They were told that the homes were “quite similar,” so the only real decision the new homeowner had to make was the type of landscaping. They then rated the person or couple on a variety of characteristics.

“When the decision maker chose high-water-use landscaping,” the researchers write, “they were seen as higher in status, sexual attractiveness, family orientation” and even religiosity. All in all, such people were seen as higher in status as their counterparts with the low-water landscaping.

A second study, featuring 376 university students, added another variable to the mix. Participants read the same scenario and made the same evaluations, but some were told the homes were in a middle-class neighborhood, while others read that they were in a working-class or upper-class area.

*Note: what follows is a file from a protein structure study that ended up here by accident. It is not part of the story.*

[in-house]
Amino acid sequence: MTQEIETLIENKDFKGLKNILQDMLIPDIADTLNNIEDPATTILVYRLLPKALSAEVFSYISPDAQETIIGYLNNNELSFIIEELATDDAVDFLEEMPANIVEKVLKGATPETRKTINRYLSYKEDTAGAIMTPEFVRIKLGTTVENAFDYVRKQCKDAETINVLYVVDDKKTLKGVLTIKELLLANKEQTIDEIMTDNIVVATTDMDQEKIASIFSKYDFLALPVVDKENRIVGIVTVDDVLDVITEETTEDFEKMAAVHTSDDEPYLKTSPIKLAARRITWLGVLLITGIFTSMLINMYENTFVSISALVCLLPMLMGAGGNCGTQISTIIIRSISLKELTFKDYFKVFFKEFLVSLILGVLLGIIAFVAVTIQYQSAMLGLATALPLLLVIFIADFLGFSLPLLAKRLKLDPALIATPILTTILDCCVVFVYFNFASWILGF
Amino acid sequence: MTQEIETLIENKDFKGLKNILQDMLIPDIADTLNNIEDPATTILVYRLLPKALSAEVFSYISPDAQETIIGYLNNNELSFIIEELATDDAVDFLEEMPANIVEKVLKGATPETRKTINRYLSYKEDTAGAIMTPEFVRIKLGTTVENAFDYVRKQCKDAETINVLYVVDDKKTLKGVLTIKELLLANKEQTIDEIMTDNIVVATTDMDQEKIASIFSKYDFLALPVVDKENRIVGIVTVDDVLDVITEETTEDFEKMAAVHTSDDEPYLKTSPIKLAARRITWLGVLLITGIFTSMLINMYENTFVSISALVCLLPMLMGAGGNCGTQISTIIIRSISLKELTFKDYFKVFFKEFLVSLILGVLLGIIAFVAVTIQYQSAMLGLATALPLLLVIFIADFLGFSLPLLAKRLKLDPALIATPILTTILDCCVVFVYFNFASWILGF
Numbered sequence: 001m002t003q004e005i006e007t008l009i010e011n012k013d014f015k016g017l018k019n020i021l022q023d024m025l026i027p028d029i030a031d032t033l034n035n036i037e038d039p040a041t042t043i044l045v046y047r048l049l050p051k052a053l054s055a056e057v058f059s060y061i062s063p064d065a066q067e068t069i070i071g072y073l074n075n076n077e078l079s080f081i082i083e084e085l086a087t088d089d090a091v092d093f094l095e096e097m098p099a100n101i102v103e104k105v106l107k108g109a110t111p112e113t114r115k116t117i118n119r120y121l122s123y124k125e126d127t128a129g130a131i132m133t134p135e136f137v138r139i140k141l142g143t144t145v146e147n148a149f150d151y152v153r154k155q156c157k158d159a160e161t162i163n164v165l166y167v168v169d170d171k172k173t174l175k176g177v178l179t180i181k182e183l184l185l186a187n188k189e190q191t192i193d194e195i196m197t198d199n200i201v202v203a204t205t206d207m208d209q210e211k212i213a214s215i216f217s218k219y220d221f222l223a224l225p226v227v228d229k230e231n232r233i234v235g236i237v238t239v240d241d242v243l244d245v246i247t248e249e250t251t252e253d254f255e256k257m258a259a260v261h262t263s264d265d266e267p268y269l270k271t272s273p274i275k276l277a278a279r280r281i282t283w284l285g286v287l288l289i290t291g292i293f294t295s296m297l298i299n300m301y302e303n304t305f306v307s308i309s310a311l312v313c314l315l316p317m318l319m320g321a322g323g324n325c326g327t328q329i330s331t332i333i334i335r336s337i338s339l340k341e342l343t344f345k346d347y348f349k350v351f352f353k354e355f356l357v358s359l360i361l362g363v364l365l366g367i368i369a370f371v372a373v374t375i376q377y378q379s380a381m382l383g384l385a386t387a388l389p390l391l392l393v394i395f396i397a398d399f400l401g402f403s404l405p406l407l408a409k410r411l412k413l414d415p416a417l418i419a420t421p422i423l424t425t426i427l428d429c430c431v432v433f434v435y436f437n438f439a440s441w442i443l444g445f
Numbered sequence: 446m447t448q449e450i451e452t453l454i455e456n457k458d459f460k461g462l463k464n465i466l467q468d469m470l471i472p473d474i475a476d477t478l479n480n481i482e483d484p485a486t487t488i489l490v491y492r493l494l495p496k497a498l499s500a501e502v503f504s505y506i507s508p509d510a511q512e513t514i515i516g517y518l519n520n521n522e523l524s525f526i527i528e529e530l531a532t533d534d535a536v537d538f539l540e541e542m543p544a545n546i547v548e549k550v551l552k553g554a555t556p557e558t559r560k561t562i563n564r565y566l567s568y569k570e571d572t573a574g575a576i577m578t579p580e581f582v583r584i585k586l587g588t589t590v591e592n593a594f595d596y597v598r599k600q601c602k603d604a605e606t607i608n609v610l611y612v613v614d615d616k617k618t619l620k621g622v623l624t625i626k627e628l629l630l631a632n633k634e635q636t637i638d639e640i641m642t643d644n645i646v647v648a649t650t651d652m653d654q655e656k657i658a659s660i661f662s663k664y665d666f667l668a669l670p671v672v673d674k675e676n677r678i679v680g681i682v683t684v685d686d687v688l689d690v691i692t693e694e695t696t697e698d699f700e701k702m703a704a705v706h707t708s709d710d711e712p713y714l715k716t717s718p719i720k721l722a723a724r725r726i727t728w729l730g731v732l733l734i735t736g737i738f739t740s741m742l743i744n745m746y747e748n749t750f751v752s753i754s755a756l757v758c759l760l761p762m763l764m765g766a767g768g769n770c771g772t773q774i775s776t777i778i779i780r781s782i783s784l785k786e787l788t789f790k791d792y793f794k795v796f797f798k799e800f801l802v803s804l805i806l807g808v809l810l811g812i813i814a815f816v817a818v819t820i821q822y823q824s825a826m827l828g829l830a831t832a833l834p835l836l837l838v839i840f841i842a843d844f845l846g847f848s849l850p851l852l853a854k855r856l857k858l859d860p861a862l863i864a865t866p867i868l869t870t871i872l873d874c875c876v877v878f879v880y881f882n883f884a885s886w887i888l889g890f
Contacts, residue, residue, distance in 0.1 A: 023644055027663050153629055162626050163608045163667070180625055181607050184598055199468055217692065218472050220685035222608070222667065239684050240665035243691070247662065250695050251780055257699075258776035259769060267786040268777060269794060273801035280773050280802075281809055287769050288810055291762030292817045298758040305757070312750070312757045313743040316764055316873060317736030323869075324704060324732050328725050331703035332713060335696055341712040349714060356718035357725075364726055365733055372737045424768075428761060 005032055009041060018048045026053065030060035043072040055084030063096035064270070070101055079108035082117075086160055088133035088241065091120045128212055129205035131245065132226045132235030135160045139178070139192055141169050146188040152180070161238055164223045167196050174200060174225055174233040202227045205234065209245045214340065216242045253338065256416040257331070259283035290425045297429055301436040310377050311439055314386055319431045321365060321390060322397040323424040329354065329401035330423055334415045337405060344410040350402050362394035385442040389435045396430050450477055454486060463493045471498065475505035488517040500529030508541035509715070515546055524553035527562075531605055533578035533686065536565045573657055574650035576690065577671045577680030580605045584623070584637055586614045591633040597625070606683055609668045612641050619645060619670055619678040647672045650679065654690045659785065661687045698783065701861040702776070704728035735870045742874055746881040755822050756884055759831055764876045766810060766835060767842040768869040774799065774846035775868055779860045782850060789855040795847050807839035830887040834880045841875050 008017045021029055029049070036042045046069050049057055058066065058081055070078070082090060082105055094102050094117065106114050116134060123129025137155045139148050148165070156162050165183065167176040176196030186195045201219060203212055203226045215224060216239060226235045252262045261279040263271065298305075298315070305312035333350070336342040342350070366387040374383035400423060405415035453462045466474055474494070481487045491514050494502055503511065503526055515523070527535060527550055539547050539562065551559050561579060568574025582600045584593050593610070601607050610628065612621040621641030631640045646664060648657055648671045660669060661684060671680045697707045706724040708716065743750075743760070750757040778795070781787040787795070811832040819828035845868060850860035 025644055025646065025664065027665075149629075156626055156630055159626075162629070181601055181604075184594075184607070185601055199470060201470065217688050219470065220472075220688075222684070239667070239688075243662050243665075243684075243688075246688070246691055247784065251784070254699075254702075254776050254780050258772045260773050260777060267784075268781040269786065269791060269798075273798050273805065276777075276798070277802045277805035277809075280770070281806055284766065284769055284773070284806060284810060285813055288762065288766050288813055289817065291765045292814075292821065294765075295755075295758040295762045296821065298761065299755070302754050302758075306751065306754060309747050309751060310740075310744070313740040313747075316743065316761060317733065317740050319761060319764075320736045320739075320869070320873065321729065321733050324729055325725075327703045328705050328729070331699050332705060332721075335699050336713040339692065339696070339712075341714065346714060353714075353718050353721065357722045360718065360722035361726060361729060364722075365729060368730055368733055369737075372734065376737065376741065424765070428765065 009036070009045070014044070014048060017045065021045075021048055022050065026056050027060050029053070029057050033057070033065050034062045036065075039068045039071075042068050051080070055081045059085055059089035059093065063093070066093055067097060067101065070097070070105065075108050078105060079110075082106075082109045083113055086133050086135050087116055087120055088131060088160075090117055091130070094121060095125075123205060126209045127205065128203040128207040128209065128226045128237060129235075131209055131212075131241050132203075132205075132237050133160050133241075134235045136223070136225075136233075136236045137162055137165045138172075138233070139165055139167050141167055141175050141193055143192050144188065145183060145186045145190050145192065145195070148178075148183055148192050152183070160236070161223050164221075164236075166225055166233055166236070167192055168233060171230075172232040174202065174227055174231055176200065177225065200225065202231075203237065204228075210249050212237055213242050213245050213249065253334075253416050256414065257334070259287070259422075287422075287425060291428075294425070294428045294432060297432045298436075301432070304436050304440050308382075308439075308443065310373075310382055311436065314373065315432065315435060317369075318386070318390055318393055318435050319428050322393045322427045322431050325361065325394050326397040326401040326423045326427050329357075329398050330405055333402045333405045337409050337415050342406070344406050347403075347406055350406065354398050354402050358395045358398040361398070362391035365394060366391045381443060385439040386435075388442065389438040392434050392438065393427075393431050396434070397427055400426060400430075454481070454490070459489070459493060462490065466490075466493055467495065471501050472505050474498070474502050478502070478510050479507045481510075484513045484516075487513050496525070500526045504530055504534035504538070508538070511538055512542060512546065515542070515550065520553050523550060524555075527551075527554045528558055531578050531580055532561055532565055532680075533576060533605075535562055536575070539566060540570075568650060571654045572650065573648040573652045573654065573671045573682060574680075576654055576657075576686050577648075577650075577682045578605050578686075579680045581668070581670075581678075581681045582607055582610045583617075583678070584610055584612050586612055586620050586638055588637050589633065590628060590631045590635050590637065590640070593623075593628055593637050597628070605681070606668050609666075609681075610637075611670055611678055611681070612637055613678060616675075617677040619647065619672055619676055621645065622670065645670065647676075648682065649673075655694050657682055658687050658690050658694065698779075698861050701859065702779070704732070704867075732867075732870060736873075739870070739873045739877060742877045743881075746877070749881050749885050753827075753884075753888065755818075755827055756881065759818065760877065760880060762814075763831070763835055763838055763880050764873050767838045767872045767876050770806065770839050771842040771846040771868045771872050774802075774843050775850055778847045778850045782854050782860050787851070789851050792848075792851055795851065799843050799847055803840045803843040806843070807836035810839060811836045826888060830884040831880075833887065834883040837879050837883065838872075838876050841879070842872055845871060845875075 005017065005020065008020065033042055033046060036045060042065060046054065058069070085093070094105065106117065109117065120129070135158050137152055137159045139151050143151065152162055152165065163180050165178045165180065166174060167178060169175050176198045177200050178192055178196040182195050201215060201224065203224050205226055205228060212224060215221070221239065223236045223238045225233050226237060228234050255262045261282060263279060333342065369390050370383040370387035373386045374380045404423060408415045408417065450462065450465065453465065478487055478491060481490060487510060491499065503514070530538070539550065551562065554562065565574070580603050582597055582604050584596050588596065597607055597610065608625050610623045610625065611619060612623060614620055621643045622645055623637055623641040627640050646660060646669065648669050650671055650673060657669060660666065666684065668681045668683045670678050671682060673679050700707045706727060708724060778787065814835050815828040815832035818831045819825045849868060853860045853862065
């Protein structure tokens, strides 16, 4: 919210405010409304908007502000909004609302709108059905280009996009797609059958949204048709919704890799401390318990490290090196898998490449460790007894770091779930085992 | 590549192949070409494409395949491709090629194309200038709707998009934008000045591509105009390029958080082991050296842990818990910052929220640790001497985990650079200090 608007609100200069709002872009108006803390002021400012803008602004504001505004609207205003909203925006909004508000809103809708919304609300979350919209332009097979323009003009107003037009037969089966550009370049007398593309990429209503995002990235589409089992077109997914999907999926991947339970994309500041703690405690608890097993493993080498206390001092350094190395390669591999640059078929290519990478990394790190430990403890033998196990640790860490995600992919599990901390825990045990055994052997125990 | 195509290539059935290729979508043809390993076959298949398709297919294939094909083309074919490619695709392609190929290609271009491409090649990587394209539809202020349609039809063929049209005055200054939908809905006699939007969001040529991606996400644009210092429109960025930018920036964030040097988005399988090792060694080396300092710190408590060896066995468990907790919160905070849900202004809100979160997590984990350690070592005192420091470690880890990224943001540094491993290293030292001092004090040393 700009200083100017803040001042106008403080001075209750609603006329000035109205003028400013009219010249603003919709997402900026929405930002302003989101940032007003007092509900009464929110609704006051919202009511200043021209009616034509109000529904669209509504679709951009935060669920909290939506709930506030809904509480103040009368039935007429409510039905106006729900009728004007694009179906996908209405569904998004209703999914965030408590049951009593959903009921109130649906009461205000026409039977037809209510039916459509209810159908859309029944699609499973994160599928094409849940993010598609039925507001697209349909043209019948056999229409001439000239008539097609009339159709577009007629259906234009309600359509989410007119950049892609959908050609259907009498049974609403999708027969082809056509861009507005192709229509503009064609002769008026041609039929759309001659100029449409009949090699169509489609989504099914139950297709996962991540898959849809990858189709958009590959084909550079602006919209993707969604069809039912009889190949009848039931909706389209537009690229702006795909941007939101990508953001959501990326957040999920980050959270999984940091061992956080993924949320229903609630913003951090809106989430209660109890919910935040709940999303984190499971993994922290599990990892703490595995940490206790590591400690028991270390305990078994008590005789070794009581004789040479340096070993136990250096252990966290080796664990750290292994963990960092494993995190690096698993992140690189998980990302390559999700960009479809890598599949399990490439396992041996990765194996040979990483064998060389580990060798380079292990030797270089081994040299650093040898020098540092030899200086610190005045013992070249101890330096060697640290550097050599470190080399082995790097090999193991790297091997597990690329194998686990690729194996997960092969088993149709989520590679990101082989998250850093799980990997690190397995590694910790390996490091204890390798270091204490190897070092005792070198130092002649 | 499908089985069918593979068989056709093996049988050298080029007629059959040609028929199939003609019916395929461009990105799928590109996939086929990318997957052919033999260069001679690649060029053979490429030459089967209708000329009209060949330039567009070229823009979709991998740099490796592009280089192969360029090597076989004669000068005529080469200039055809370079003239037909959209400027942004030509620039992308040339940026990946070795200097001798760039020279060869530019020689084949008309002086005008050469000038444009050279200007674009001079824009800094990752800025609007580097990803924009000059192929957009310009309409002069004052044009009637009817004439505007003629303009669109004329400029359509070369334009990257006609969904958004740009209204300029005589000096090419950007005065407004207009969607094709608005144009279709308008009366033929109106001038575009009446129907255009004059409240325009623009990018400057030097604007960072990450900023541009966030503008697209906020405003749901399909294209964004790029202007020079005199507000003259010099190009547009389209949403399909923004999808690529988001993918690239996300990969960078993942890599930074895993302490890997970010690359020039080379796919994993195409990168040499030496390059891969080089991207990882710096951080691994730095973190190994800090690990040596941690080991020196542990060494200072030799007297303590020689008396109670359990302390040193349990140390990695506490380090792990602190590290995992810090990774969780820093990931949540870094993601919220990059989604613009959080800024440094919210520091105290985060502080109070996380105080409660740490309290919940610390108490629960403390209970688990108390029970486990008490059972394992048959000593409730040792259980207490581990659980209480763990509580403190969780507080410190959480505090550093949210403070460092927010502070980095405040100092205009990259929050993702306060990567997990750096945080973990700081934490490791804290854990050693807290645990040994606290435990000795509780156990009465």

Across the board, those choosing traditional landscapes were similarly judged as higher in status.

A final study was conducted online, via Amazon’s Mechanical Turk. Fifty-three people from California, Utah, Nevada, Arizona, New Mexico, and Texas completed a survey in which they reported which type of landscaping they would choose “if they were trying to convey a specific trait.” Traits included conscientiousness, environmentalism, family orientation, political ideology, masculinity, femininity, religiousness, and youthfulness.

Confirming the results of the first two experiments, “high-water landscapes were selected to communicate higher social status, a more positive general impression, family orientation, political conservatism, femininity, religiousness, youthfulness, agreeableness, extraversion and prosociality,” the researchers write. The low-water option did convey one positive quality (the expected one): environmentalism.